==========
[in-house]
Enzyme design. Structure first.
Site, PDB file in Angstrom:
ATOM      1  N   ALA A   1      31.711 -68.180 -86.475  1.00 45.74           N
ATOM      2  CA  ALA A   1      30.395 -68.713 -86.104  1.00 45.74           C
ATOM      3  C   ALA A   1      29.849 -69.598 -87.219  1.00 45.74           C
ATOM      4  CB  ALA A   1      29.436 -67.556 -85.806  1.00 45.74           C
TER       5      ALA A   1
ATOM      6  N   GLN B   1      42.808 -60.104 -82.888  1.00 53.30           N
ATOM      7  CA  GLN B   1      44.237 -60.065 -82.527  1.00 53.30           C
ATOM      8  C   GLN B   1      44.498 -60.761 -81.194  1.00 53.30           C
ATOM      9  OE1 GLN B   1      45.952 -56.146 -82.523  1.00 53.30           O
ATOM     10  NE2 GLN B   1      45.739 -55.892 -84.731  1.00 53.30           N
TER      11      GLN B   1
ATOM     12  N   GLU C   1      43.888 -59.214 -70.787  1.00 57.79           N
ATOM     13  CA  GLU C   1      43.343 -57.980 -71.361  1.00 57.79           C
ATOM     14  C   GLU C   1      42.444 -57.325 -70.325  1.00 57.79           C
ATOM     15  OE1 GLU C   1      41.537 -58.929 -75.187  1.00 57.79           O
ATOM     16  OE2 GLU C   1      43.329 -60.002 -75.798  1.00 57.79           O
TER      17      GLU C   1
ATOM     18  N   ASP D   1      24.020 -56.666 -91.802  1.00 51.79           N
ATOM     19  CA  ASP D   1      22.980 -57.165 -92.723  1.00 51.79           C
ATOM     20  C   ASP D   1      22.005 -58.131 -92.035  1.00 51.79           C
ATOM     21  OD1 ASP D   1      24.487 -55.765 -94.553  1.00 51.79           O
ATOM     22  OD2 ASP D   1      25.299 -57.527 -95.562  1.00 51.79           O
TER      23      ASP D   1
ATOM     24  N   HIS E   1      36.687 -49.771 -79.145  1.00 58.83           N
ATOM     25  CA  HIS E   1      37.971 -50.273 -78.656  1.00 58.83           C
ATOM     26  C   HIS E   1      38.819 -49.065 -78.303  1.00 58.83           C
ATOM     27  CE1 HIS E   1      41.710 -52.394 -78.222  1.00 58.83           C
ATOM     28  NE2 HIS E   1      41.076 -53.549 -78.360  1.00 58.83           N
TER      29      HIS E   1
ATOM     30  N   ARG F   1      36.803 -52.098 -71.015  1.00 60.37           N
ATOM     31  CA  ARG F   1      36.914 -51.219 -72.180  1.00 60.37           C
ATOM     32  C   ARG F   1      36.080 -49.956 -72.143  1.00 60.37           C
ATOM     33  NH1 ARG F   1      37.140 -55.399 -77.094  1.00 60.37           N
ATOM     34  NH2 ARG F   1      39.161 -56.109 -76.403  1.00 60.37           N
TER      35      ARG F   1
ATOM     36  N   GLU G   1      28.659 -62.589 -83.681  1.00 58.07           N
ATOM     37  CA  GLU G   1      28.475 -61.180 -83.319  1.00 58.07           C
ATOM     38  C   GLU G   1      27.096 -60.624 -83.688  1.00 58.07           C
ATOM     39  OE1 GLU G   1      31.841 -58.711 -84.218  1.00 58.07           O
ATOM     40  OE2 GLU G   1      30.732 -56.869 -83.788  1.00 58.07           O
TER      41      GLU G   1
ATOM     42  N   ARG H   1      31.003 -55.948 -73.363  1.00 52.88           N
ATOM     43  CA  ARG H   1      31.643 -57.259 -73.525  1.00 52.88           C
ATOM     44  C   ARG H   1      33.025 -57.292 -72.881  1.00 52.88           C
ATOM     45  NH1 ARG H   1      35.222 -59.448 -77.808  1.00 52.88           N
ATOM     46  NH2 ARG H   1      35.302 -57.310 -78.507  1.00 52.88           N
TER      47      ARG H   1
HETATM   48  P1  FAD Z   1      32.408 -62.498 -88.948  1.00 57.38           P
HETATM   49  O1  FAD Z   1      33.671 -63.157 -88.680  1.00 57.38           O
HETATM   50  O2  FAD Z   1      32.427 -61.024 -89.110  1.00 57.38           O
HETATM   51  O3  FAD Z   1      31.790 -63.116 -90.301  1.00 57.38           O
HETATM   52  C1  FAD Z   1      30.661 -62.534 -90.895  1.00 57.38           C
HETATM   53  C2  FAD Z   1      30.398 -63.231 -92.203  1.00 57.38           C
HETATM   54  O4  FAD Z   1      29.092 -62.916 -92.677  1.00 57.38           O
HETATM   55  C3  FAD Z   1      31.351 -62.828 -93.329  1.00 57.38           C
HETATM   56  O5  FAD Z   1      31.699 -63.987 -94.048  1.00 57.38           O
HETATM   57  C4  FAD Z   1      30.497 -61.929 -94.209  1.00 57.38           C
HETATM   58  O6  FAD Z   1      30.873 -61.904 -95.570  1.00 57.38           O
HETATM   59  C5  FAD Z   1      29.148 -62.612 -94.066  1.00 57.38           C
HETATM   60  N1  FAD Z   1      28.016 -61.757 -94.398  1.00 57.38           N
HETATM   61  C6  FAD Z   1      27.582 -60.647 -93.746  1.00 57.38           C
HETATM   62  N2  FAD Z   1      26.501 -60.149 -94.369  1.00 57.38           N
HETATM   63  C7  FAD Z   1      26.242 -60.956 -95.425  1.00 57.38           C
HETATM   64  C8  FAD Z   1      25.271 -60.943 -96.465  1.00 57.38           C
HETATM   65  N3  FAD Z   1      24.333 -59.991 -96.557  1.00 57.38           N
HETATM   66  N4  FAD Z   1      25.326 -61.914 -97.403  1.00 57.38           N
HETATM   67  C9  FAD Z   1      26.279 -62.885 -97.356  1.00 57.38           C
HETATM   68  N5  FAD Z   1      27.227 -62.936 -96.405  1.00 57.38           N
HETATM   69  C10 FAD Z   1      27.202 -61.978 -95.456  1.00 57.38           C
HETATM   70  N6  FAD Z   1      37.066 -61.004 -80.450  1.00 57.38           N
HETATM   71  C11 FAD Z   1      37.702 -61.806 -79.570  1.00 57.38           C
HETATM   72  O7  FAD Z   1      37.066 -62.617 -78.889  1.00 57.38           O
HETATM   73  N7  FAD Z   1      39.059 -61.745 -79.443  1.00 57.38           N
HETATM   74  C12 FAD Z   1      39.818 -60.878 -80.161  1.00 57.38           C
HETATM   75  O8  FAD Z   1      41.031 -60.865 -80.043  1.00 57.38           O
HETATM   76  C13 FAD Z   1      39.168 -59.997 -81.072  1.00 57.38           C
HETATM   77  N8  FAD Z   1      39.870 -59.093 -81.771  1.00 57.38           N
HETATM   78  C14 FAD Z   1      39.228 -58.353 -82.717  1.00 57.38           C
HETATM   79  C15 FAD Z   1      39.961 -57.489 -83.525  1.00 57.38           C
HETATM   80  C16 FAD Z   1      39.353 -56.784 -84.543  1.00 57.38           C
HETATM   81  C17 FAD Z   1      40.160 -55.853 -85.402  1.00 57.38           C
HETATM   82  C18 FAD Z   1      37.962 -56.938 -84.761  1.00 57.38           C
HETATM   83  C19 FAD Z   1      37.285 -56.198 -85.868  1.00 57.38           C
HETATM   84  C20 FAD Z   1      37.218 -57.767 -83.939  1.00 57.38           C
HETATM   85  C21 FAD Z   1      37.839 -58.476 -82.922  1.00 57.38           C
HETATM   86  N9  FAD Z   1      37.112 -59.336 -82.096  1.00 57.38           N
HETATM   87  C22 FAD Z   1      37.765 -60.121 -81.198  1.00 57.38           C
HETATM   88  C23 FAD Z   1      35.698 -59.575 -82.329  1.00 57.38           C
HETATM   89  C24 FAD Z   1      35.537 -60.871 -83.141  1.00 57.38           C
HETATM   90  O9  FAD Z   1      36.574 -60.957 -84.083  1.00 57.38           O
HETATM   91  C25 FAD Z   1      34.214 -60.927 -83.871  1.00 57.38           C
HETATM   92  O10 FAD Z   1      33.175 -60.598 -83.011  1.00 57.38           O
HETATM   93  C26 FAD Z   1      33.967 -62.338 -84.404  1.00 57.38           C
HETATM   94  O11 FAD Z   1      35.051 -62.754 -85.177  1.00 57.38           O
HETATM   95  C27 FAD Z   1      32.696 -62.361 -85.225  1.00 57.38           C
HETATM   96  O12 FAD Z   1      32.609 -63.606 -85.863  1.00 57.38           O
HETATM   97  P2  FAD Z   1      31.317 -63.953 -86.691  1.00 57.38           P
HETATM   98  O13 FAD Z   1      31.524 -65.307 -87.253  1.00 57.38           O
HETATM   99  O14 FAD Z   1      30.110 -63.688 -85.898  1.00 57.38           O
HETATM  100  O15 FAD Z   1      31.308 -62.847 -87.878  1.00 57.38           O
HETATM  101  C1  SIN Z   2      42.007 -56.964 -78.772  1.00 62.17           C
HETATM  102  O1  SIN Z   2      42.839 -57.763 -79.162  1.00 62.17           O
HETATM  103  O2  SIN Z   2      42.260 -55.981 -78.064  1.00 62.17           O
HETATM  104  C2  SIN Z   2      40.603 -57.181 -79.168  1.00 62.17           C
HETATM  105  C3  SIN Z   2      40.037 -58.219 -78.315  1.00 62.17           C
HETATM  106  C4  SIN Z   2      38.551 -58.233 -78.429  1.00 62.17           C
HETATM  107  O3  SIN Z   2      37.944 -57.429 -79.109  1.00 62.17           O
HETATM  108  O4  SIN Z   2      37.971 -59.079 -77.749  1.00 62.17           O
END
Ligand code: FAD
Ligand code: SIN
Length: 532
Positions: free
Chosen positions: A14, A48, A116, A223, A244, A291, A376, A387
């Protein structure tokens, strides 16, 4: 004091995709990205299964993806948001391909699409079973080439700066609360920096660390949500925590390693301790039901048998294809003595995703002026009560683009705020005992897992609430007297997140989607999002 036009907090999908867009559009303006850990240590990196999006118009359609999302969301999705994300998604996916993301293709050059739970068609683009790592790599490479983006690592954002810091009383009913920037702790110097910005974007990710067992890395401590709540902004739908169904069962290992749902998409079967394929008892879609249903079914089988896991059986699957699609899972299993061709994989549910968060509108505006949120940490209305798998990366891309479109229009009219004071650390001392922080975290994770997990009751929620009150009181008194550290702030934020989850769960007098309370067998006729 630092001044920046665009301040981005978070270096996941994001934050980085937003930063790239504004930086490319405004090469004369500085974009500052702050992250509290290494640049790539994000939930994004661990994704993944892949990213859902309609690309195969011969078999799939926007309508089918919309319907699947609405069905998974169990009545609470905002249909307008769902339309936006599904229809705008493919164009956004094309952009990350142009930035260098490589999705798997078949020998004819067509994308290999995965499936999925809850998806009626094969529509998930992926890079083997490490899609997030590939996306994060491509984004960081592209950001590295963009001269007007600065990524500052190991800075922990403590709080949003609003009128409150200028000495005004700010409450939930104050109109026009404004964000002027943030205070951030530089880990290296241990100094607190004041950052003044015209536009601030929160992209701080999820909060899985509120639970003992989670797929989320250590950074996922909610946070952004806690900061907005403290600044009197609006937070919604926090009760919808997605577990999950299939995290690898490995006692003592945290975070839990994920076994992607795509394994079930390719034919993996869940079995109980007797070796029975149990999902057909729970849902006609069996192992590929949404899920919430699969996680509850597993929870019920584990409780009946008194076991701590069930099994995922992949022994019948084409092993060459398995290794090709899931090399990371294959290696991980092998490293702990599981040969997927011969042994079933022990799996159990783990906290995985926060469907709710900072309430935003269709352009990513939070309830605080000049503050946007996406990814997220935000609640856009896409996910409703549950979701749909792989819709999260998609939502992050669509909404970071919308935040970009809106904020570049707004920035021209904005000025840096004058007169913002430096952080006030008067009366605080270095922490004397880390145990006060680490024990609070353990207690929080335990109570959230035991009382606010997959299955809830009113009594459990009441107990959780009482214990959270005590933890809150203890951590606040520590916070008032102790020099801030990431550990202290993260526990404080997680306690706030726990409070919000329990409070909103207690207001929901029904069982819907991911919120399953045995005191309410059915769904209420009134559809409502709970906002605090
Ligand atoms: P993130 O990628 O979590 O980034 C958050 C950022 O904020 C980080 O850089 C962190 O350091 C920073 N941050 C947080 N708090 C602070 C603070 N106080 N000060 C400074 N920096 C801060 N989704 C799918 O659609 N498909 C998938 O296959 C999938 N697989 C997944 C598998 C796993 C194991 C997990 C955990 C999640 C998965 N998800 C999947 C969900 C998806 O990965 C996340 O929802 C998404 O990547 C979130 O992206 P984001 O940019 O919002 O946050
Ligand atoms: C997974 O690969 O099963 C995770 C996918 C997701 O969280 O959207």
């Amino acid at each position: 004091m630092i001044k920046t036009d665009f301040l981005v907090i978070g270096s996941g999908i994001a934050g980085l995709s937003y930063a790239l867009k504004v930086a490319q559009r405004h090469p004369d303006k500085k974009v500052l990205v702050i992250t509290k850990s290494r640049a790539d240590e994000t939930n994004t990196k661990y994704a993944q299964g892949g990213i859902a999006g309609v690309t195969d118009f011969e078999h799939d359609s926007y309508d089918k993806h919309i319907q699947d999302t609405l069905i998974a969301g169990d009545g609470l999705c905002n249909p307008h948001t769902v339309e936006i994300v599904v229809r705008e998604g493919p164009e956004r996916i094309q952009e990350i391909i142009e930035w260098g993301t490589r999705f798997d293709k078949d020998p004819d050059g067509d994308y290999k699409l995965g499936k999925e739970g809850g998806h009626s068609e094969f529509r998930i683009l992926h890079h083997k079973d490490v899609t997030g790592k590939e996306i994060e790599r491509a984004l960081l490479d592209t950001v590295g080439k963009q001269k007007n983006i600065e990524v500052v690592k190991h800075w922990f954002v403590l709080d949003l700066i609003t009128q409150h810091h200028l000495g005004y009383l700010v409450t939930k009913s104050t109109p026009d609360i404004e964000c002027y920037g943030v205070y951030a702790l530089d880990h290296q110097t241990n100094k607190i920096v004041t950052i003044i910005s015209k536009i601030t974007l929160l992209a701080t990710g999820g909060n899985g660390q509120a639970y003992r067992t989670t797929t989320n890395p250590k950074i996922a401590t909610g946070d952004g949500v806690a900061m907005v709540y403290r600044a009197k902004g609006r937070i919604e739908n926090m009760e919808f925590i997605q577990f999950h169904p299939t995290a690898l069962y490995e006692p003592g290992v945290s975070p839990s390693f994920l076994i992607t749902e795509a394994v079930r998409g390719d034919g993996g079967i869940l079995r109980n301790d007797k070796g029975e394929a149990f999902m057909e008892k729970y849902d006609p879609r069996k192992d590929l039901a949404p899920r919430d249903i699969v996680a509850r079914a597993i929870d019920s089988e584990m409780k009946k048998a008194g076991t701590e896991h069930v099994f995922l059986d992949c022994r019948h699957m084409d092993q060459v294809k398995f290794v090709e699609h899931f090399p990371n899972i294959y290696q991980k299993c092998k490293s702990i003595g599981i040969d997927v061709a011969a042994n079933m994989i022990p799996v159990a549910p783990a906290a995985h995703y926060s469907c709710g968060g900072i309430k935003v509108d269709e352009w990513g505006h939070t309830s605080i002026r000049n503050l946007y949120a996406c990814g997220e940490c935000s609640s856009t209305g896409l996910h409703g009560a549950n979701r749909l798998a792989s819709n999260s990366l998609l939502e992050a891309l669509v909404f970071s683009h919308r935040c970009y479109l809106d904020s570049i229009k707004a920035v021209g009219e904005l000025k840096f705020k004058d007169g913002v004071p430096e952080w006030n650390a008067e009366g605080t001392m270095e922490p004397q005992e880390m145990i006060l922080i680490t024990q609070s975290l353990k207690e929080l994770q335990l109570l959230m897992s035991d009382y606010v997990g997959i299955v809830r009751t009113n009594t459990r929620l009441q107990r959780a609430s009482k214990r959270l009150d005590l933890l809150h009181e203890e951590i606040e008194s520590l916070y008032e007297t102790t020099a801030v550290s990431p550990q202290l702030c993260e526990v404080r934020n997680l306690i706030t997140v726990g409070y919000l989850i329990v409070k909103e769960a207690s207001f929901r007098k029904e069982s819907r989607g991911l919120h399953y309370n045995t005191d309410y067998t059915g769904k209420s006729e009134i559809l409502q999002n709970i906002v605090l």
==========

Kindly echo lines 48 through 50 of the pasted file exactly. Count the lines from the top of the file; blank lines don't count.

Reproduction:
ATOM     45  NH1 ARG H   1      35.222 -59.448 -77.808  1.00 52.88           N
ATOM     46  NH2 ARG H   1      35.302 -57.310 -78.507  1.00 52.88           N
TER      47      ARG H   1